Repairing a shake roof?

brittuOctober 14, 2011

Our 15 year old shake roof has some lifted shakes and moss. Most roof places just offer new roofs but no fixes. We've had a $7,000 bid to replace 1/3rd of th shakes an reseal. Another bid of $1,500 to just nail down with a few replacements and no cleaning or sealant. How the heck do we know what's best? We live in Seattle...

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kudzu9

I live in the Seattle area and had cedar shake roofs for over 30 years, so I know what you're facing. The problem with a 15-year old cedar roof is that you are going to have problems in other parts of the roof in the not-too-distant future, so whether you get the cheaper job or the more expensive one you're just putting things off a little.

Unfortunately, shake quality is poor these days because the shakes are typically new growth, which rots faster. After going through two cedar roofs and being at the point of needing a third, I decided that a 50 year, non-leaking steel roof was what I wanted. I love the look of cedar shakes when they are new, but the continuing maintenance is just a drag. My suggestion is to consider getting either an entirely new architectural shake roof that mimics cedar but will last a lot longer, or go to a steel roof. There is a lot of comfort in not having to continually clean off, worry about, and repair one's roof.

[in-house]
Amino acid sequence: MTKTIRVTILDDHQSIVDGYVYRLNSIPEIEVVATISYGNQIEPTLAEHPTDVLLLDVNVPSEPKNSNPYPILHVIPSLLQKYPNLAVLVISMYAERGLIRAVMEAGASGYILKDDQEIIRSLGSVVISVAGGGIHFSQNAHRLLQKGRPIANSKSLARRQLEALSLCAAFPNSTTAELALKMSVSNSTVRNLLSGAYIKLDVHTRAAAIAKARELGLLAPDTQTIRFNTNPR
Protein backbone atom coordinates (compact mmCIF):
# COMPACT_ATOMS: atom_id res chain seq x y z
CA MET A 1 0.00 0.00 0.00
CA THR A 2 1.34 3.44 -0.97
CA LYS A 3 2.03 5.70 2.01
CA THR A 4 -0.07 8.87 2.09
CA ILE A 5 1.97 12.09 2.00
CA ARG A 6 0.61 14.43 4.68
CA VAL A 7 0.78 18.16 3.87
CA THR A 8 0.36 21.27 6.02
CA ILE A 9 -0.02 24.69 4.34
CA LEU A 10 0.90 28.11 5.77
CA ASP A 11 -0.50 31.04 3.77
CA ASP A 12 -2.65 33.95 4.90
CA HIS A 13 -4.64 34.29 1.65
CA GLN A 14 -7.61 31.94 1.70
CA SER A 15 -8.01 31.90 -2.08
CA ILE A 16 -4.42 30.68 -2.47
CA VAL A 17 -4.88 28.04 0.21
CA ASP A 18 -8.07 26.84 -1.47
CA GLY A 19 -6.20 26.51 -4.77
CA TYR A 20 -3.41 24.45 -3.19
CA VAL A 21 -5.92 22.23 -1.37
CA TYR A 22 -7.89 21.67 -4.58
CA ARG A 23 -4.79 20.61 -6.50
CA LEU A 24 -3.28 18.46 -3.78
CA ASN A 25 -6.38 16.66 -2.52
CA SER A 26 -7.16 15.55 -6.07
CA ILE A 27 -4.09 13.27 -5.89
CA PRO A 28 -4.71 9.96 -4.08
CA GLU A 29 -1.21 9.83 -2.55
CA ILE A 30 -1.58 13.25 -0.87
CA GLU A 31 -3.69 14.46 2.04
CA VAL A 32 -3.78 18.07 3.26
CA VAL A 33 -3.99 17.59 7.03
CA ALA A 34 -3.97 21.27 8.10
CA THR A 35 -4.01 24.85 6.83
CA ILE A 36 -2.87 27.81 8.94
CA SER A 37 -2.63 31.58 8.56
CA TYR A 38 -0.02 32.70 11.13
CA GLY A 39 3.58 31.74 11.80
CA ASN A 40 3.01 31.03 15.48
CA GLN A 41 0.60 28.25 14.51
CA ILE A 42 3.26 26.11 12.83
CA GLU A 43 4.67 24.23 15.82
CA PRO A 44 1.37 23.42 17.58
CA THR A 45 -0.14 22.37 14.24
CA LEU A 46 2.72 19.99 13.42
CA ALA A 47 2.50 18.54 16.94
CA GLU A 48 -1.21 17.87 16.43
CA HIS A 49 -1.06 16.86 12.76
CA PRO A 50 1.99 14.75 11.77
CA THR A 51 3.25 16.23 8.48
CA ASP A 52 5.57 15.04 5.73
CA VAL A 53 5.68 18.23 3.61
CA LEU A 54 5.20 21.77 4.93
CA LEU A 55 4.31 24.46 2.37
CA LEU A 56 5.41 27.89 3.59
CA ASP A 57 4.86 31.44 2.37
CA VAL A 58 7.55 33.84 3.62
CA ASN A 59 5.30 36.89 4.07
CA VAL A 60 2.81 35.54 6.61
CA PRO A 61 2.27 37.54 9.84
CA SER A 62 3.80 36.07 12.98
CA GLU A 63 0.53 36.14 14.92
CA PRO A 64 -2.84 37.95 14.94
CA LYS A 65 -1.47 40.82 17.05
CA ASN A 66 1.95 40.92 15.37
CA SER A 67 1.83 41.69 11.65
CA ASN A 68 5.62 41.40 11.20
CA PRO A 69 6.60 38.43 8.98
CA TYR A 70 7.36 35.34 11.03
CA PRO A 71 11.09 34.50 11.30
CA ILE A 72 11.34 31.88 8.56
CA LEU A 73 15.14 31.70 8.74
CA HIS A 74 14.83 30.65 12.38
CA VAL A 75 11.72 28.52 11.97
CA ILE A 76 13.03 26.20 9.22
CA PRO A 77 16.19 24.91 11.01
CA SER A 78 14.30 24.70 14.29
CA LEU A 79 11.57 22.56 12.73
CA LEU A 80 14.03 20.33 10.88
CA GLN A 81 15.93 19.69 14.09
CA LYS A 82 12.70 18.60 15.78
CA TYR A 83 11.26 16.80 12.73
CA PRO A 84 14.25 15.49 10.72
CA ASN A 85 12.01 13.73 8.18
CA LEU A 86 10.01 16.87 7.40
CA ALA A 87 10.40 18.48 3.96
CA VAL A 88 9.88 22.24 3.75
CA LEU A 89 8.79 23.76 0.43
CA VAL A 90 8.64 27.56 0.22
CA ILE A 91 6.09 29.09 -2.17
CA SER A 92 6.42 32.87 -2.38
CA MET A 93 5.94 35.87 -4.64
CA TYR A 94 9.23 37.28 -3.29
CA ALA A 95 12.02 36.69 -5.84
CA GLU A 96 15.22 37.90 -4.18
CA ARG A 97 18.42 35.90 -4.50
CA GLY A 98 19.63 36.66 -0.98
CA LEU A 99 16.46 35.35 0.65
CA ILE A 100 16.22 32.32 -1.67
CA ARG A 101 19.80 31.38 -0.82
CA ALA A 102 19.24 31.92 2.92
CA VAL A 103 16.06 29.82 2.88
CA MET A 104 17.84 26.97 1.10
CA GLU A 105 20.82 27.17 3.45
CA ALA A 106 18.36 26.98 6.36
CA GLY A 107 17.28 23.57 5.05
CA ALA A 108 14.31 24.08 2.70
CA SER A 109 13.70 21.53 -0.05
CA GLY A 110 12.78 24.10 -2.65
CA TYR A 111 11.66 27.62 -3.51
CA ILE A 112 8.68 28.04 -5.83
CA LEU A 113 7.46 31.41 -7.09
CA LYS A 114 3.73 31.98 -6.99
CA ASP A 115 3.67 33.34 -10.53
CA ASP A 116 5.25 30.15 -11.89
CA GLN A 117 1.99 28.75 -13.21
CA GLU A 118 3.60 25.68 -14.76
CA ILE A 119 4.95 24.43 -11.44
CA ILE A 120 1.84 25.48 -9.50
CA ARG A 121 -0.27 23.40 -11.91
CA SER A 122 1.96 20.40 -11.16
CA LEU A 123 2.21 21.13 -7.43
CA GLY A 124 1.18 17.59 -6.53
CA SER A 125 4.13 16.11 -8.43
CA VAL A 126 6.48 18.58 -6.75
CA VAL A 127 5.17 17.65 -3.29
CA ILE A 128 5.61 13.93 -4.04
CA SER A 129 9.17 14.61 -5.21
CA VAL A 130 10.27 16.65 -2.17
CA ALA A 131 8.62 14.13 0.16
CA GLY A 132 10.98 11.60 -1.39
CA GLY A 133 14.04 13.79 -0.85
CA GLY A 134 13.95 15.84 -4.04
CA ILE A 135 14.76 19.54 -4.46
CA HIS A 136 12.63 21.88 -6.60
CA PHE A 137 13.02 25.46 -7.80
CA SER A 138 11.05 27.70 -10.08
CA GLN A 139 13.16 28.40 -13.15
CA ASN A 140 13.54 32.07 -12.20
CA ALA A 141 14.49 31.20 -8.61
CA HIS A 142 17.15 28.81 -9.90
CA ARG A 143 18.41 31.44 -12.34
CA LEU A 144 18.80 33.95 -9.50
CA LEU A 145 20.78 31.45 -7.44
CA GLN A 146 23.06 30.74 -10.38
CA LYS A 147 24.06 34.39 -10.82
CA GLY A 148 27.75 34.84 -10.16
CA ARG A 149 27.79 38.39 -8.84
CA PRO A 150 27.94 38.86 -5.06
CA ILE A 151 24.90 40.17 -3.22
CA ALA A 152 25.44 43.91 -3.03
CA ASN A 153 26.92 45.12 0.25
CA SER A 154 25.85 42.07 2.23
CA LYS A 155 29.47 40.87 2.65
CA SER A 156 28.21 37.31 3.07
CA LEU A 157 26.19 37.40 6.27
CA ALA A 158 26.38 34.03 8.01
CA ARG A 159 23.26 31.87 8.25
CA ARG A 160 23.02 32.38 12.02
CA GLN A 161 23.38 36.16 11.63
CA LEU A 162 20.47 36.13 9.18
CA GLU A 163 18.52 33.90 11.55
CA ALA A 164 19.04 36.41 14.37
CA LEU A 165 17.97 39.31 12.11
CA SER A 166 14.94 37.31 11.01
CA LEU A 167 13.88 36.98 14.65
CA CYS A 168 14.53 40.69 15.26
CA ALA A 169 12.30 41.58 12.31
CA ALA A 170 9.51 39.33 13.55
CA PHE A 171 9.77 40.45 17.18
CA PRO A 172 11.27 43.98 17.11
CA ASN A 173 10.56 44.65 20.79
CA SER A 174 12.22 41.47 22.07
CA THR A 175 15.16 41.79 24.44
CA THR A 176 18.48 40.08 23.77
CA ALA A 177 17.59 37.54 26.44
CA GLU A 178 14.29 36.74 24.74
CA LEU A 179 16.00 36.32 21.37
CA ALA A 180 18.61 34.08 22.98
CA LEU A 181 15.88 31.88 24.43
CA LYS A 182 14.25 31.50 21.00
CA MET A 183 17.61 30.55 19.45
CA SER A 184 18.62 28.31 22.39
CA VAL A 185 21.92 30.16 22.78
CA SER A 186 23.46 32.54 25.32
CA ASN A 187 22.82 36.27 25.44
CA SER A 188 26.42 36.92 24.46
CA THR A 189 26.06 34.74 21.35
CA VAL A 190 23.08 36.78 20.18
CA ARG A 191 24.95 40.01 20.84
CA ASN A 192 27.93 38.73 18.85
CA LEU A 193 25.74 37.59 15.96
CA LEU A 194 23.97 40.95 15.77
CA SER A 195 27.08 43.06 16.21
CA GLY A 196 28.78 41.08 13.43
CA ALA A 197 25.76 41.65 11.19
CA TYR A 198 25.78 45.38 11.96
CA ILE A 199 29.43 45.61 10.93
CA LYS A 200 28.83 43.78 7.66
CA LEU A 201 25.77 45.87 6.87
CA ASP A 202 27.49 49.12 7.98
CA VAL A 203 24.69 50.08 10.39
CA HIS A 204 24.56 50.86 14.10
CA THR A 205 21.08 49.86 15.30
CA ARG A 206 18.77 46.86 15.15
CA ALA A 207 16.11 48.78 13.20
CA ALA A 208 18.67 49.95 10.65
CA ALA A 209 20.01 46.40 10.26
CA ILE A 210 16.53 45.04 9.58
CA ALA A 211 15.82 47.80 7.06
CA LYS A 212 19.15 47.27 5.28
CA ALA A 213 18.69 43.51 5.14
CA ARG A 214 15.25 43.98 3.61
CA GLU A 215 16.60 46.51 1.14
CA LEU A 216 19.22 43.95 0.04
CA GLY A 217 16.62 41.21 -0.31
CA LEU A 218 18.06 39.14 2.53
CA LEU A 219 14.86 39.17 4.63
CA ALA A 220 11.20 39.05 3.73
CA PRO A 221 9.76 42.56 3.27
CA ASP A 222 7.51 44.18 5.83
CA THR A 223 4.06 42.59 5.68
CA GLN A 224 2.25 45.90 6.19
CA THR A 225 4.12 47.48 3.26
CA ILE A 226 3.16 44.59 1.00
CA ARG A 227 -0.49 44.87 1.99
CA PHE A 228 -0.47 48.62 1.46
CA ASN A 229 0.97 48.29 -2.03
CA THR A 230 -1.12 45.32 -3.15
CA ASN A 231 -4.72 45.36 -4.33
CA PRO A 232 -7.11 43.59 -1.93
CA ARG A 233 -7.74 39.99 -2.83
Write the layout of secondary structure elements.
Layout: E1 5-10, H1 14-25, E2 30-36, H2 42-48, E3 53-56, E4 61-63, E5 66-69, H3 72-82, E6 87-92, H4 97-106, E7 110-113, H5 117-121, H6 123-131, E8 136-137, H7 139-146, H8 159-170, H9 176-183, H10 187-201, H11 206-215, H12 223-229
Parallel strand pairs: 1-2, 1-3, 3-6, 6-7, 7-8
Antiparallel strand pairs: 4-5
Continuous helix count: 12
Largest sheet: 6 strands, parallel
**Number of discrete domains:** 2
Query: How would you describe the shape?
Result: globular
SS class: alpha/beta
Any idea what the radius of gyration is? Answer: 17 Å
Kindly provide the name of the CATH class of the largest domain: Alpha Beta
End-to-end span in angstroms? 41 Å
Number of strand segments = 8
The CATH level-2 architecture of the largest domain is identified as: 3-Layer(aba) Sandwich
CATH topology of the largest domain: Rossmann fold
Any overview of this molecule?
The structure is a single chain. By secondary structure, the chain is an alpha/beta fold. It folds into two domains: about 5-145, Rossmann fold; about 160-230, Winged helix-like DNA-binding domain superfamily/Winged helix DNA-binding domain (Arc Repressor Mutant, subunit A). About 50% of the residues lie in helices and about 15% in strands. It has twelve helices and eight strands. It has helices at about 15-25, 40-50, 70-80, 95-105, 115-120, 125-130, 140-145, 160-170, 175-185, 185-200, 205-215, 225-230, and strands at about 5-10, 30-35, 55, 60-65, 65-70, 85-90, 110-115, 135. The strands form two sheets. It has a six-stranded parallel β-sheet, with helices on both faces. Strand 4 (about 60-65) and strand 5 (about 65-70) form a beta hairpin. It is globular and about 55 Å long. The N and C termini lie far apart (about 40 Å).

Bookmark   October 15, 2011 at 3:26PM
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live_wire_oak

I agree with kudzu9. Cedar is a very pricy roof and for similar pricing, you can have somthing that you don't have to worry about every 10-15 years. Steel is the way to go. Or even high quality asphalt architectural shingles. Check with your insurance company about possibly receiving a discount for switching from cedar to steel. Some offer that because of the greater fire resistance. I don't think Seattle has issues with wildfires like SoCal, but it's remotely possible that your municipality might also offer incentives to switch to steel. It's worth a phone call.

    Bookmark   October 17, 2011 at 9:46AM
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lazypup

They make steel roofing to mimic shakes and from a short distance one would be hard pressed to tell the difference.

    Bookmark   October 17, 2011 at 4:14PM
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brickeyee

If you already have deteriorated shakes, just walking on the roof to repair them is very likely to cause more leaks (or At least damage more shakes).

    Bookmark   October 17, 2011 at 7:49PM
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